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Mother’s Day was a special time for me when I was a child. From the time I first started to school, I remember using my hands to make things for people. I liked to make cards with a special meaning. Being from a large family of seven brothers and sisters, I often found it hard to recognize the individuality that I possessed. I still remember thinking about what I would write on each card. The message usually had something to do with thankfulness — either for something my mom did for me that no one else could do, or just thankfulness for the mom I had.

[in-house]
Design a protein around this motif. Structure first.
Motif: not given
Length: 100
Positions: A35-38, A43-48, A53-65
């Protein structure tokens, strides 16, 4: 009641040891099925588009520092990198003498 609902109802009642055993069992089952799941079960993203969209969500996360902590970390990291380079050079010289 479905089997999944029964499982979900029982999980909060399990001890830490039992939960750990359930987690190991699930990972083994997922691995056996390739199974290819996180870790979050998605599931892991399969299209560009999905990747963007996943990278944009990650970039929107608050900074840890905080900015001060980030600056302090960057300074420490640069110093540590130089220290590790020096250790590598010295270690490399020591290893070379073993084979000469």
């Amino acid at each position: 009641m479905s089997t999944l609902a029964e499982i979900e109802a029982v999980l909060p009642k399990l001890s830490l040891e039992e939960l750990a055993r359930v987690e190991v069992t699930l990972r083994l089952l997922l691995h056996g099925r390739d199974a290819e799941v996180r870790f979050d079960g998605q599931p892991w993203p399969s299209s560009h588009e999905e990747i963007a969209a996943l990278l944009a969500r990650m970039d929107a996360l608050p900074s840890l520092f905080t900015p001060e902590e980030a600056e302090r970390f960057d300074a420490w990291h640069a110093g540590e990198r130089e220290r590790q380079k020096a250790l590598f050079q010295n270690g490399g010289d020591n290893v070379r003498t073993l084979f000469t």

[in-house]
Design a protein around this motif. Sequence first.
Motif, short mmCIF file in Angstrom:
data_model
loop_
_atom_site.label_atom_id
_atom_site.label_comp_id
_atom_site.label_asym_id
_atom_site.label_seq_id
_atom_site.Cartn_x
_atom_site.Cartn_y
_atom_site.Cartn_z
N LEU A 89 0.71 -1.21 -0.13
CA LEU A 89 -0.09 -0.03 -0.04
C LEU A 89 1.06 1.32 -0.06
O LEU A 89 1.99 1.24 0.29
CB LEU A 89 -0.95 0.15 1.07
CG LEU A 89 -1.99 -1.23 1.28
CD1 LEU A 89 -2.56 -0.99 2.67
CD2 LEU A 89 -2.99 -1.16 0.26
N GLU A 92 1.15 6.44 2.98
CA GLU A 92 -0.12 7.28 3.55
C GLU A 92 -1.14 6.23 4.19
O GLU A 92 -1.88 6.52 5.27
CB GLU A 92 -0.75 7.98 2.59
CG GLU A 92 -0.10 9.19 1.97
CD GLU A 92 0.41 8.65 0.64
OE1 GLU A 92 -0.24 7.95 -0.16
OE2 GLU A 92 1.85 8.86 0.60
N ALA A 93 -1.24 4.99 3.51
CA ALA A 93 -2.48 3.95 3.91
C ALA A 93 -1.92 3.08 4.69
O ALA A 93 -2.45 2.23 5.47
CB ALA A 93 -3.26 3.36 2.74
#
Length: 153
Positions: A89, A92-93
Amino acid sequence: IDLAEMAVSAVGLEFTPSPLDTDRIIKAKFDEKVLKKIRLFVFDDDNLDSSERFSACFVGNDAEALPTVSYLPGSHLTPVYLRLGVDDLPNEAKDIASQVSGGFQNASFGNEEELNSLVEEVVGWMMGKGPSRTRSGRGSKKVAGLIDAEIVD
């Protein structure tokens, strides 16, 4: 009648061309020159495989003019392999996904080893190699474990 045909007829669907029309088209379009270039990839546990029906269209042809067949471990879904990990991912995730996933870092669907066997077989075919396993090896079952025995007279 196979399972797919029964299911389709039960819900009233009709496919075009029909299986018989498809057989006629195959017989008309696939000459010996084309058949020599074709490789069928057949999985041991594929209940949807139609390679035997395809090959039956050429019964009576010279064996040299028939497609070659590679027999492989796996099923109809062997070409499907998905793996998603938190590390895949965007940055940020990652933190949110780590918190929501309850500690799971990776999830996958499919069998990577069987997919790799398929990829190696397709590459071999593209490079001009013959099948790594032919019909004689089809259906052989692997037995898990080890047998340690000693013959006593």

When my mother passed away, I didn’t realize how important those cards had been to her. She was not a collector of anything special that I knew of. Tucked inside her safety deposit box at the bank was a card I made for her on Mother’s Day when I was 7 or 8 years old. The card consisted of a “family portrait” showing each of my brothers and sisters and my parents. I had carefully drawn and cut out a figure representing each of my family members. The figures were glued together on the card as if they were hugging each other. This represented what Mother’s Day was to me — a time to recognize the one that did for me what I could not do for myself. Needless to say, I had long forgotten the card, made on a sheet of lined notebook paper using crayons scissors and glue. When I saw the card had been placed with important papers along with her most prized possessions, tears flowed down my face. I knew she was no longer there to hear me tell her how much I loved and appreciated her. I was glad I had taken time to make the card, even though she deserved so much more. In my eyes, she was the most beautiful woman I had ever seen. Her hair was naturally curly. I remember watching her brush her hair, sometimes pinning it back behind her ear, while I thought to myself, “She is so beautiful.” She never had to wear makeup as her skin always looked great with no blemishes. She would occasionally wear lipstick but that was all she needed. I remember holding my first baby daughter, Clarissa, and watching her tiny hands grasping in the air as if she was trying to grab hold of every moment at one time. She seemed so tiny and fragile but I had high expectations for my daughter. As most parents do, I wanted my girls to have the things I thought I had missed out on when I grew up. As my girls grew older and I also grew older, I realized that I hadn’t really missed out on anything that was important. My mother had inspired me to seek a career I would enjoy. I became an art teacher. I also realized that my daughter was different from me and because of her own individual inspirations and she didn’t need what I needed. She did need the encouragement to keep grasping for what she wanted and she needed the freedom to be the one that she became. I didn’t want her to become a carbon copy of me as there were many barriers to overcome in that direction. I wanted her to be what God wanted her to be. She had to learn to take the baby steps and then learn to run with the life she was given. I just needed to be there to keep saying, “ I’m here — I’ll catch you if you fall!” I have two daughters, each uniquely special to me, but entirely different. I am thankful for that. Watching them live their lives is comparable to a good book you just don’t want to stop reading. I keep thinking I am getting to the best part when along comes the next chapter with something even better than the last. I think this is what makes mothers want to stay here- to see what is going to happen next and those moments that make us so proud. The first grasp with the tiny fingers as a newborn, later followed by an unprompted kiss on the cheek by soft little lips, lets a mother know it doesn’t get much better than this on earth. I thank God for choosing me to be a mom. I’ve always thought motherhood is the one thing I am most proud of. Being a mom doesn’t mean you will be perfect, but in your children’s eyes, you never mess up and you never have to worry about losing the job. Unconditional love and a child’s forgiving heart covered a multitude of imperfections on my part. Even though I am sure my girls looked at other moms and secretly wished “that was my mom,” they seemed happy with me — the one they have. Now, I have been blessed to have four grandchildren. I get a chance to do again some of the things I did with my girls when they were growing up, but with less mistakes. Lots of peanut butter and jelly sandwich kisses, bouquets of weeds, but more than anything — love. That’s what makes Mother’s Day special. Carolyn Reaves is the mother of Clarissa Williams and Angelina Mason. She has four grandchildren, Bethany, 14; Cameron, 8; other two, ages. She lives in Williamsburg with her husband, Anthony.